Cork city national school hold Gold Celebration Day

The school was presented with a gold medal by UNICEF Ireland representative Lydia McCarthy after their students embarked on a number of social initiatives in recent years both highlighting and promoting children’s rights in the school and the local community.
Cork city national school hold Gold Celebration Day

Douglas Rochestown Educate Together were presented with a Gold Award by UNICEF Ireland, represented by Lydia McCarthy, for the great work done by their students on Children’s Rights. Included is Principal Alan Sheehan, the Lord Mayor Cllr Deirdre Forde, student council members, Lydia McCarthy, UNICEF Ireland and teacher Ciara Lynch at the new school. Pic: Larry Cummins

THERE were big celebrations at Douglas Rochestown Educate Together National School yesterday after it received the UNICEF Children’s Rights Gold Award.

“IT was a fabulous celebration of all the work we have done for children’s rights over the past three years,” said teacher Ciara Lynch after they held a Gold Celebration Day.

The school was presented with a gold medal by UNICEF Ireland representative Lydia McCarthy after their students embarked on a number of social initiatives in recent years both highlighting and promoting children’s rights in the school and the local community.

Ms Lynch said the ceremony was a “fabulous” celebration.

“It was a brilliant day,” she said. “We were able to come together as a wide school community. The lord mayor attended the ceremony. We had various different members from our parents’ association. Sixth class students gave speeches. The student council wrote the script for the day.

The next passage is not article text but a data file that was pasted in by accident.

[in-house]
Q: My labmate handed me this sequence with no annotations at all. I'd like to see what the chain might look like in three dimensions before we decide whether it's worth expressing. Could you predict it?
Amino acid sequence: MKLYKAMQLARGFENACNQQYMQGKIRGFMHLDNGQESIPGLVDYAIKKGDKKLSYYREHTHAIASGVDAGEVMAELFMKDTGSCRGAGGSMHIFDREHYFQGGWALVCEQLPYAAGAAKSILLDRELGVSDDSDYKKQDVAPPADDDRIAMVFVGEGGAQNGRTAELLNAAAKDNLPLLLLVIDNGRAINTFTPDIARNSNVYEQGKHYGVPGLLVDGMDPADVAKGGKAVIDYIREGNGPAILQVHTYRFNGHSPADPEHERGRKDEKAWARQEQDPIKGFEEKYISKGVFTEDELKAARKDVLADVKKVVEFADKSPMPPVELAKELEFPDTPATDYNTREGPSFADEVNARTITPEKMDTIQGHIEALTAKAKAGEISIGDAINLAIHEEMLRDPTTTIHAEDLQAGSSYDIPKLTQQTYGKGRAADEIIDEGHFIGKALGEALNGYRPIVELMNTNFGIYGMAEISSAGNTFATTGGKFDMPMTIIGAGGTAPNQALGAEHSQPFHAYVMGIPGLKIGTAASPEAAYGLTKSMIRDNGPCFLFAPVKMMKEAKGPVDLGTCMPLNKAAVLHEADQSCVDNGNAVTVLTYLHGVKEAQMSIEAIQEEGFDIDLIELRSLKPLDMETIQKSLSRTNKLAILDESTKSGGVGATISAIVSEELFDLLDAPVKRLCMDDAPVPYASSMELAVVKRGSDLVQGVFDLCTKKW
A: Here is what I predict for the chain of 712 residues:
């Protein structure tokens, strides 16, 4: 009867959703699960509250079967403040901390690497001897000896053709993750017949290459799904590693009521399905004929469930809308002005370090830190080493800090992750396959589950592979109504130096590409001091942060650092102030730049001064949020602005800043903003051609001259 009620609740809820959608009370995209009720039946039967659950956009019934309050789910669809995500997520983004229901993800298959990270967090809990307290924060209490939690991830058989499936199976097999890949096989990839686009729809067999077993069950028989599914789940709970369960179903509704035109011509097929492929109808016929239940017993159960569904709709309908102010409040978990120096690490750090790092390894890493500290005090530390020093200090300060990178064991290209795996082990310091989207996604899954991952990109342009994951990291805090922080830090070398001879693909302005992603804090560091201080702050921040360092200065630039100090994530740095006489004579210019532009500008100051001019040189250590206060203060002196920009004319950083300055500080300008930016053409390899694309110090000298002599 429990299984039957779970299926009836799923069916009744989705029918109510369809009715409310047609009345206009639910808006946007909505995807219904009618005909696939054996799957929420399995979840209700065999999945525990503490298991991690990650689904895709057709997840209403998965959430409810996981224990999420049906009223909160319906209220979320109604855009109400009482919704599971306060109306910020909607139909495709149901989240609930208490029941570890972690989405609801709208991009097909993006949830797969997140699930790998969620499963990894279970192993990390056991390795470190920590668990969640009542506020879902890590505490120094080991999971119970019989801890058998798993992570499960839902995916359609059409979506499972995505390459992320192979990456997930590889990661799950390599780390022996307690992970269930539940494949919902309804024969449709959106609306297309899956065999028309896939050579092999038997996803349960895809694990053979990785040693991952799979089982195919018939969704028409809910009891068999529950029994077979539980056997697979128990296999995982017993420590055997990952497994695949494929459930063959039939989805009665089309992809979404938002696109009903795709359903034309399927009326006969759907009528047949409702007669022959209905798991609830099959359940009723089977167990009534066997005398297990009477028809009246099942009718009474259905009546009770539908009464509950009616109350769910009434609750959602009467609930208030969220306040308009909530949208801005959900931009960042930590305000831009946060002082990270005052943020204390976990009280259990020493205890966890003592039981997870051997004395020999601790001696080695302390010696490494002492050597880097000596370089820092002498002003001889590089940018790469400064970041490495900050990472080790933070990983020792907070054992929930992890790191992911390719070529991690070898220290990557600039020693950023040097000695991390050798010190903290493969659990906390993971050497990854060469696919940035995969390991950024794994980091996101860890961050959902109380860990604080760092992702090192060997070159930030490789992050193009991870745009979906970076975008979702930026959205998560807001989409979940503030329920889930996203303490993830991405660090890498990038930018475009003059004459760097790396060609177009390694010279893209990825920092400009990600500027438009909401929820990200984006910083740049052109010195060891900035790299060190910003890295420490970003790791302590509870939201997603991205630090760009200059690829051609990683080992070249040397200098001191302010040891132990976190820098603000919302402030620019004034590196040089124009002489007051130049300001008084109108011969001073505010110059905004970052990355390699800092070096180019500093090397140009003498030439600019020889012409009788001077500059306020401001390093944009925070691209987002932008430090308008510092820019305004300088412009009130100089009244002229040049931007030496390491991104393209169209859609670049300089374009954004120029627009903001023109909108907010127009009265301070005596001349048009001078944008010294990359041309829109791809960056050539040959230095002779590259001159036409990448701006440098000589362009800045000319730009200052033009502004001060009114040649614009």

"The whole school community sang a song about changing the world. It was a fabulous celebration of all the work we have done for children’s rights over the past three years."

Ms Lynch described the students’ various social projects as “a real team effort”.

“We had whole school projects where the children created things to share their rights with the wider community,” she said. “Senior infant students made a movie all about their children’s rights. We also had some of the older children who created drama and songs about children’s rights.

“It was a whole school community working together. A lot of the kids got involved in picking litter and maintaining a good environment in the local area. It is a process where you can win a bronze, silver or gold award. We have earned all three awards now, and we are one of the first schools in the country to ever get a gold award. It is great recognition for the school and the students.

“The day was all about the kids. We are so proud of the students. They did themselves, the school, their families, and their community proud. It was recognising what they had done for children’s rights, both in our school and outside of our school."

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